These women are making Charlotteans with disabilities a priority

Monique Stamps and Judith Brown are using their personal experiences to advocate for Charlotteans with disabilities.
Judith-Elise-Brown-Project-70Forward

Among Charlotte’s diverse population, those who are disabled rarely get the attention they deserve. Monique Stamps and Judith Brown want to use their personal experiences to help change that, especially for people of color with disabilities.

At 16, Stamps was involved in a car crash in Rock Hill resulting in injuries that left her reliant on a wheelchair. Following the accident, she found it difficult growing up with a disability. Doctors warned her against having children, friends and family suggested she collect disability insurance instead of going to college, and the agency that was supposed to be a resource wasn’t very helpful.

Under section 14(c) of the U.S. Fair Labor Standards Act, companies can pay disabled workers below the federal minimum wage. When the local Vocational Rehabilitation office placed Stamps in a job sorting plastic spoons, she fought back.

“They told me I was being arrogant versus trying to get an education and live a full life,” she said. “If that made me arrogant, then so be it.”

In 2000, Stamps earned her bachelor’s degree in social work from Winthrop University. Four years later, she relocated to Charlotte to work at an independent-living facility mentoring others with disabilities. That was her first meeting with Judith Brown, who had come to the center for assistance.

Motivation to change the system

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Brown lived in New York City and Baltimore before moving to Charlotte in 2010. She suffered hearing, vision and spinal cord injuries in her late 30s that prevented her from working. Brown also discovered that her two sons were autistic. Doctors misdiagnosed her family, she said, because their symptoms weren’t common in African Americans. 

The two women immediately bonded as Black women with disabilities who experienced unfair treatment by social services. 

“You literally are fighting a system that has a long history of not treating Black people well medically,” Brown said. “Then, you add disability on top of that where we’re just seen as people who just want to get a check and stay at home.”

Stamps left the independent-living facility to start the Charlotte chapter of Women Embracing Abilities Now (WEAN), a support network that mentors disabled women. She’s also an ambassador for The Raw Beauty Project, a nationwide modeling exhibition for disabled women. Her goal is to help young women of color with disabilities succeed.

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Monique Stamps (center) is an advocate and mentor for girls and women with disabilities. Photo courtesy of Monique Stamps

Through WEAN and Raw Beauty, Stamps has inspired girls to go to college. After hearing of her efforts, the National Spinal Cord Injury Association tapped Stamps to become a spokesperson. When she suggested a women’s conference, they agreed to set it for 2020.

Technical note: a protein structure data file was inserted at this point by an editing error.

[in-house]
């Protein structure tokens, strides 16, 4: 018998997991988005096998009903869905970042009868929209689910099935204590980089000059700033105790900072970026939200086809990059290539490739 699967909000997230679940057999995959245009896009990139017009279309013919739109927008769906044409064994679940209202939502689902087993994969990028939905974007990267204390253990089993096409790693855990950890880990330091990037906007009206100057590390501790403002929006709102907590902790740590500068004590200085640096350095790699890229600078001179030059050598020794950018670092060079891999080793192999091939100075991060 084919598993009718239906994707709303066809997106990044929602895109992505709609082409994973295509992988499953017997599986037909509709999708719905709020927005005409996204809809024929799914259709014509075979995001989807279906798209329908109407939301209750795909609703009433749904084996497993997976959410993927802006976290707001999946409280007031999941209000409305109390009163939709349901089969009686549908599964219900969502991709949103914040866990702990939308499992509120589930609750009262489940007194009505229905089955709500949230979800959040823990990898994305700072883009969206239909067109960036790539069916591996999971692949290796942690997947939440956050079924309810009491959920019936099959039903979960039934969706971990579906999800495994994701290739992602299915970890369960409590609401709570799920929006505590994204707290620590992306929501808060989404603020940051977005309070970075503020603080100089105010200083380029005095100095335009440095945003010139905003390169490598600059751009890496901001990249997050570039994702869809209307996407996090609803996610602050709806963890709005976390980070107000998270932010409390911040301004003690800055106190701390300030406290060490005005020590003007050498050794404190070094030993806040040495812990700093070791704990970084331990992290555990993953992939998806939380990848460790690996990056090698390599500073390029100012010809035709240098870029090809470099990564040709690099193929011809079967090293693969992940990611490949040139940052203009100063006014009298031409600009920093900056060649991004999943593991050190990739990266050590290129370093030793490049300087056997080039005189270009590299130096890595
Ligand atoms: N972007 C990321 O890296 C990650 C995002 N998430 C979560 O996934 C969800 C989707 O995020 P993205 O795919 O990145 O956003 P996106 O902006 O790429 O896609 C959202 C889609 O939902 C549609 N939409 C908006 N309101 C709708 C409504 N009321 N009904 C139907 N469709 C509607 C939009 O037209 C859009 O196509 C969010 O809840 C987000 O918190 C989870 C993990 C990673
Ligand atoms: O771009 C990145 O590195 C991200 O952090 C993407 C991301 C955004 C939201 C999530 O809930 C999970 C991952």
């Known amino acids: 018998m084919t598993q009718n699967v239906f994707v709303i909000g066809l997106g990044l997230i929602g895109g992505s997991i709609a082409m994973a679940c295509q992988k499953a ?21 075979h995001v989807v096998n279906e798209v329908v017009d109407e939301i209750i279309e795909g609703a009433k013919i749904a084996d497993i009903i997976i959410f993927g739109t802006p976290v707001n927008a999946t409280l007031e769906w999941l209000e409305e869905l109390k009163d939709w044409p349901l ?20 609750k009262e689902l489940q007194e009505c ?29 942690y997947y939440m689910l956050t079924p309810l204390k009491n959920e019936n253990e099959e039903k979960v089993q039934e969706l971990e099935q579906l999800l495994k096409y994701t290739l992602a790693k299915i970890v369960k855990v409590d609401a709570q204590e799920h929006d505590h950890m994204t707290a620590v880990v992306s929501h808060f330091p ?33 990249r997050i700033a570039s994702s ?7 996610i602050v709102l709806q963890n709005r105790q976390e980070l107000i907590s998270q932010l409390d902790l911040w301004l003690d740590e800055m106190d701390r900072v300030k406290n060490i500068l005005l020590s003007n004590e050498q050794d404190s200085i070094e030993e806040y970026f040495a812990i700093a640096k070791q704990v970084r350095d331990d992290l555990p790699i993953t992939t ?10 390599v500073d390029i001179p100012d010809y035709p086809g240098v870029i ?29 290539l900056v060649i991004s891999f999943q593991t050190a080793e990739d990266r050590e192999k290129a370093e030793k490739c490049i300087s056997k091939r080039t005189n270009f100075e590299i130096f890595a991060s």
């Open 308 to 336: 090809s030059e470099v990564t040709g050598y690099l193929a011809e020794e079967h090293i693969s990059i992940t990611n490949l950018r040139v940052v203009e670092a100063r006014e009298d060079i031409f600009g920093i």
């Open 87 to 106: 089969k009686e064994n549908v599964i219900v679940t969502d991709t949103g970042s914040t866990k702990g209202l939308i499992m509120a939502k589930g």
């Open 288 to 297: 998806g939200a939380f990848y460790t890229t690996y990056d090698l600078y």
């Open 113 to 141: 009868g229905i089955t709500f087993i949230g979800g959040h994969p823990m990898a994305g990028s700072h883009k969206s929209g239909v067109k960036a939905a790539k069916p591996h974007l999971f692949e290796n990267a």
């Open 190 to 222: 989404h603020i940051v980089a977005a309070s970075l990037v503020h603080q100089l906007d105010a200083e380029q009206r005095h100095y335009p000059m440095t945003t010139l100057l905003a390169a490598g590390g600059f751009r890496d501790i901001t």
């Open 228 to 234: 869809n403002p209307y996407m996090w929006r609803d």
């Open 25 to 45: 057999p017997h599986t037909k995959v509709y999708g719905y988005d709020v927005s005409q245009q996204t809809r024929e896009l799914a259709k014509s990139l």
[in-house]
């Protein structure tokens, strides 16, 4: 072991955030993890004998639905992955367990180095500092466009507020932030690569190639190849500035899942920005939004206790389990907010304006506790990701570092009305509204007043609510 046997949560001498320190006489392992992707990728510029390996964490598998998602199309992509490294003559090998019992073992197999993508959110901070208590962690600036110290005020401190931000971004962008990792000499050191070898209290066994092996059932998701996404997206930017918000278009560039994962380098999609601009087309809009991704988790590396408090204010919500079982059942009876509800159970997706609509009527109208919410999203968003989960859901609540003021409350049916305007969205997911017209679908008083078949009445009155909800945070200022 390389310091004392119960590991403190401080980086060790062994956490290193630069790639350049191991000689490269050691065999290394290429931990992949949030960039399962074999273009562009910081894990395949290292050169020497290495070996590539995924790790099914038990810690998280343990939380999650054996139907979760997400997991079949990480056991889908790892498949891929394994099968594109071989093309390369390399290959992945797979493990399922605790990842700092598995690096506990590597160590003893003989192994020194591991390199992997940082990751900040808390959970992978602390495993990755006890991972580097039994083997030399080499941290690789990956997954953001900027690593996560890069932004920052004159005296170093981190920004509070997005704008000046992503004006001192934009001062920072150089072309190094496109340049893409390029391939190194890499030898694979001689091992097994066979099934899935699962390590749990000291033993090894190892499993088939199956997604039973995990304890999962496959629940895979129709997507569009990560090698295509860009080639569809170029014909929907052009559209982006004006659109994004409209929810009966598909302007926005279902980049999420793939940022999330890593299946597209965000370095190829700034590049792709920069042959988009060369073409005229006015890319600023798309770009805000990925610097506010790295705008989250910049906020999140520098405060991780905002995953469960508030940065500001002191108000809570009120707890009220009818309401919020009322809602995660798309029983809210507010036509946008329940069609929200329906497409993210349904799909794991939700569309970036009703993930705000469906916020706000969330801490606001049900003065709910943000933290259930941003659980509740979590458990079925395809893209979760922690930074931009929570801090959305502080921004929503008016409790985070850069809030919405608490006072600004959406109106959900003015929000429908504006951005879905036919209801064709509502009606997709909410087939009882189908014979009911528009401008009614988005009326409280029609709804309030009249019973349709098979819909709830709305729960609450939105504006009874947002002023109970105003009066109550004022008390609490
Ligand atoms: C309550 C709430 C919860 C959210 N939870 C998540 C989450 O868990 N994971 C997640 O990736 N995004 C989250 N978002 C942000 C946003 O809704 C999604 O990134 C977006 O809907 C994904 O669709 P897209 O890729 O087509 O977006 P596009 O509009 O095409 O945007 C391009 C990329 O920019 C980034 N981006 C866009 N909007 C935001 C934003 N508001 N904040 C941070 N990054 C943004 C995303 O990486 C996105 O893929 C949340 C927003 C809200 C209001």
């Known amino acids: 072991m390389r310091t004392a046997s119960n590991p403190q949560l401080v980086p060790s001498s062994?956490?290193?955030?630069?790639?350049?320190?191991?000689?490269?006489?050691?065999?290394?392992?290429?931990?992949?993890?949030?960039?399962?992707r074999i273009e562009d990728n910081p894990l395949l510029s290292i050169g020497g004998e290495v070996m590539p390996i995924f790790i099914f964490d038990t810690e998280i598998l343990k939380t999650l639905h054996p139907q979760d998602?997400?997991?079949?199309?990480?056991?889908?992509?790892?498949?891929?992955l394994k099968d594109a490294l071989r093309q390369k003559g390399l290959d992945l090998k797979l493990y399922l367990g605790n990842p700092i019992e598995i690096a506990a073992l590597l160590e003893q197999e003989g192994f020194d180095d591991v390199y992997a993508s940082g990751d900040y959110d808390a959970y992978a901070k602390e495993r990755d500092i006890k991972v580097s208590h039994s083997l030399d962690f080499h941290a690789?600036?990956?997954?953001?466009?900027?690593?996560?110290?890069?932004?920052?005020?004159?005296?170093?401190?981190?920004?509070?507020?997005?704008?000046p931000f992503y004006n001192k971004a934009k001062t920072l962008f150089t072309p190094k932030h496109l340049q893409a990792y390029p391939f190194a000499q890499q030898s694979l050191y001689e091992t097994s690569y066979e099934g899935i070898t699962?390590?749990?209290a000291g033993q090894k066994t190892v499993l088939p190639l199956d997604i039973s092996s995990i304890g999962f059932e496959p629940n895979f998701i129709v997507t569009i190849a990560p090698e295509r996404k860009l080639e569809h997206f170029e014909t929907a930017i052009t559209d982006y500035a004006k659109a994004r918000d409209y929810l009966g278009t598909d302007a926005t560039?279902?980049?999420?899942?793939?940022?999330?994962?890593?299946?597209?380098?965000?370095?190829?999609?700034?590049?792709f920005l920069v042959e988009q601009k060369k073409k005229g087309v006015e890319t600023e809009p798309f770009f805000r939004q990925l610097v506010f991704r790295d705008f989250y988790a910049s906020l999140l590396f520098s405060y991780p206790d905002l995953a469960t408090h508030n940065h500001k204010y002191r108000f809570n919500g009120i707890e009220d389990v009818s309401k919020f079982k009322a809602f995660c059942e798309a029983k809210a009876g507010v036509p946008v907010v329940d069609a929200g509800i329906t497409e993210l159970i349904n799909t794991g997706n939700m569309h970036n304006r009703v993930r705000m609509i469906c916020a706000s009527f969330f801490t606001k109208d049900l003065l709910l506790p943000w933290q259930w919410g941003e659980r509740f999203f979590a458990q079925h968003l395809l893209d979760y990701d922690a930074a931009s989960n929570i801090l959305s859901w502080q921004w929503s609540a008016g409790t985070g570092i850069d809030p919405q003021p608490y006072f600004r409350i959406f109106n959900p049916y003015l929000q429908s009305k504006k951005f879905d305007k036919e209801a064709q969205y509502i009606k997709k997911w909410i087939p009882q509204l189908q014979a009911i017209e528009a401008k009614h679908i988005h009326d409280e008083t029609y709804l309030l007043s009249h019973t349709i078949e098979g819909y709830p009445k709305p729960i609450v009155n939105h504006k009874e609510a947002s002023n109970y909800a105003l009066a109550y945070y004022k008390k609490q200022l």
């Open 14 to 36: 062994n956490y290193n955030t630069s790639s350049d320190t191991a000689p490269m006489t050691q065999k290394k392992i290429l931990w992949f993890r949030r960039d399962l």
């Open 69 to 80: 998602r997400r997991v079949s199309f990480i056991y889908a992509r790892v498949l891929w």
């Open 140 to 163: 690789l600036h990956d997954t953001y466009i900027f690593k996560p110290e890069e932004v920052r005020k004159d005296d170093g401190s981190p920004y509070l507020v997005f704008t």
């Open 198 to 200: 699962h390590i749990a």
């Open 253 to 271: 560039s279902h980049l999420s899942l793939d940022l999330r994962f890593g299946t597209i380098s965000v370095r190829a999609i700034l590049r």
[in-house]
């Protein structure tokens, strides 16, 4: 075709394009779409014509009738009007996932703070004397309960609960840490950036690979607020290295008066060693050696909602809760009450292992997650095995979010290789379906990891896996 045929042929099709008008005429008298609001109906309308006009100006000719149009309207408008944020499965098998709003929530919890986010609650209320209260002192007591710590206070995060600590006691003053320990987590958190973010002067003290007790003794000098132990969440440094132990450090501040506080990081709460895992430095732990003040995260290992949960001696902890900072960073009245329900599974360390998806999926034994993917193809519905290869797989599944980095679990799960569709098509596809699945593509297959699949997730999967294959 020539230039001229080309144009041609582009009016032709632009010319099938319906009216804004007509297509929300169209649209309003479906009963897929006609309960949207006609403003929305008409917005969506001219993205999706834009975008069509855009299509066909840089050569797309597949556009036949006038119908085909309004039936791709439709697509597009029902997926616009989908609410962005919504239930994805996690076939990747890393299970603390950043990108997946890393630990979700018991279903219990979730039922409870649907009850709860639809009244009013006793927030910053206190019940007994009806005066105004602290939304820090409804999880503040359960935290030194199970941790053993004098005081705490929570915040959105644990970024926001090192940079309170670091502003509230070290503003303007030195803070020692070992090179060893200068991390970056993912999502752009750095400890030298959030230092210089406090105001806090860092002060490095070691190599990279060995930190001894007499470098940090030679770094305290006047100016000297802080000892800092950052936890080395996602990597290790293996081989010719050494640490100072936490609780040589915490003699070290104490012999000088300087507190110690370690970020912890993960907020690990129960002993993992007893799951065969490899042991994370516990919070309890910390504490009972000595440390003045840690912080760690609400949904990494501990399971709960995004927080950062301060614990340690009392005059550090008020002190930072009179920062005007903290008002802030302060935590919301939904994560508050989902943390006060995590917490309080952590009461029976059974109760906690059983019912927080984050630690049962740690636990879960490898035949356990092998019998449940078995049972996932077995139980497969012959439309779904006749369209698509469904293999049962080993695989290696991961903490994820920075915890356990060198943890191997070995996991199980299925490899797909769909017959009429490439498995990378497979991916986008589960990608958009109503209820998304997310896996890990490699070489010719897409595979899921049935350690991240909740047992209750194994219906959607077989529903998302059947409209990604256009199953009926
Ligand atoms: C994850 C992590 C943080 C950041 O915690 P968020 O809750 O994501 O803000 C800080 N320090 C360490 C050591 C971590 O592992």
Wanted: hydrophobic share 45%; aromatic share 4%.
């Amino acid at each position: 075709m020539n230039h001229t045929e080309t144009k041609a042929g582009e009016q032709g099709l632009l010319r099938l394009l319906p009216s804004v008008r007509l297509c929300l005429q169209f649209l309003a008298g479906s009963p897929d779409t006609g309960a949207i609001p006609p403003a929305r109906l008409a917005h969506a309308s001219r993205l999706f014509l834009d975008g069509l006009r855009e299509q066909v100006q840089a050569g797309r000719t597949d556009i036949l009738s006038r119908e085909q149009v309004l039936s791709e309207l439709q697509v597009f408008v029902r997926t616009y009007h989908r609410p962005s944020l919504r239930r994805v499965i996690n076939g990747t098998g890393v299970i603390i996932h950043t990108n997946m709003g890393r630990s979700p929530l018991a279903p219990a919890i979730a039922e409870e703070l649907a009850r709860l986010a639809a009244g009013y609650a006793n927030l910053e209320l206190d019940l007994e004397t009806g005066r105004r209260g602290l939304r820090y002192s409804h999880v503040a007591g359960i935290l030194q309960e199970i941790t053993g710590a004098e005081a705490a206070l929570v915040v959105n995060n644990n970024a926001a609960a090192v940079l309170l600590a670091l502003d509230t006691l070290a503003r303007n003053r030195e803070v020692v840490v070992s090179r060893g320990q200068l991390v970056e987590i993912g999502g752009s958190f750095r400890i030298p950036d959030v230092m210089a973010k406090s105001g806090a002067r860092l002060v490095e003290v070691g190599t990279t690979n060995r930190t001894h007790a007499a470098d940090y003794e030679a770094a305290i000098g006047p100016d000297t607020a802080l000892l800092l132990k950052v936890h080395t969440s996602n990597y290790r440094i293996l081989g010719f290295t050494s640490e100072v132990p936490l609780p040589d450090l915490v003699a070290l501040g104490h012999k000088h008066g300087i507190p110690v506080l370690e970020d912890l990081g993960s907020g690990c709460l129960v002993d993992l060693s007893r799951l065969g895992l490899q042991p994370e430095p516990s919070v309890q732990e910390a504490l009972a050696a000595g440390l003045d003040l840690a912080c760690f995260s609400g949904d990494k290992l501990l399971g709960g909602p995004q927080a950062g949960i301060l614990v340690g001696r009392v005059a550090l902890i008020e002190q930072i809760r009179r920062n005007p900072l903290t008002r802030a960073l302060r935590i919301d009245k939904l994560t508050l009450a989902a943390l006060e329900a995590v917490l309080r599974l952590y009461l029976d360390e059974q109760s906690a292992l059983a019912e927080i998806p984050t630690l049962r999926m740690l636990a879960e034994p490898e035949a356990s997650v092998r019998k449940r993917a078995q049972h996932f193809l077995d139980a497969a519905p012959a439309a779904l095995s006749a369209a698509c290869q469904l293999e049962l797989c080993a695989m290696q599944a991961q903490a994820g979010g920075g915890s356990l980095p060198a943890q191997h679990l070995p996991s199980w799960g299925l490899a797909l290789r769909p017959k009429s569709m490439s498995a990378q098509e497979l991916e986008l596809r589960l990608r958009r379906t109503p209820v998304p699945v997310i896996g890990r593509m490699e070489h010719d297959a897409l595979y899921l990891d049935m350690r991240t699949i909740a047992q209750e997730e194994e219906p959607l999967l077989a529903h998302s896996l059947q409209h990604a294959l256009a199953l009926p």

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Feeling Charlotte lacked Baltimore’s disability programs, Brown formed Project 70Forward. It offers peer support, emergency food and hygiene products, medication for people without health insurance, and guidance for navigating social services. The organization also partners with nonprofits like Queen City Unity.

Project 70Forward primarily serves low-income communities where access to jobs and housing is critical. Brown says employment is a major issue for disabled residents and accessible housing is severely limited. Next year, all members will be peer-support certified.

“It is so important for people to feel there is somebody out there [who] understands [and] looks like them,” she said.

In their research, Stamps and Brown learned that 16% of Mecklenburg County residents are disabled, but it can be hard to bring attention to disability issues at community meetings. 

Stamps recalled an instance where WEAN members attended a local forum, but were passed over when it came time to speak. Brown had to put in a request for disability speakers to join a conference. The two also felt unsupported by Black churches that seemed more concerned with fixing them than helping them.

Advocating for disability rights has thrust both women into leadership roles neither wanted, but their dedication to the cause pushes them to continue encouraging Charlotteans with disabilities to speak up and join their community.

“I took that power I learned to advocate for myself to teach other women and girls with disabilities to advocate for themselves,” Stamps said. 

Brown, who described herself as an introvert, said, “This has been such a part of my life, and such a part of my children’s lives, that I stay passionate about it.”


Bryant Carter is a freelance writer from Brooklyn, New York. He graduated from UNC Charlotte with a degree in English.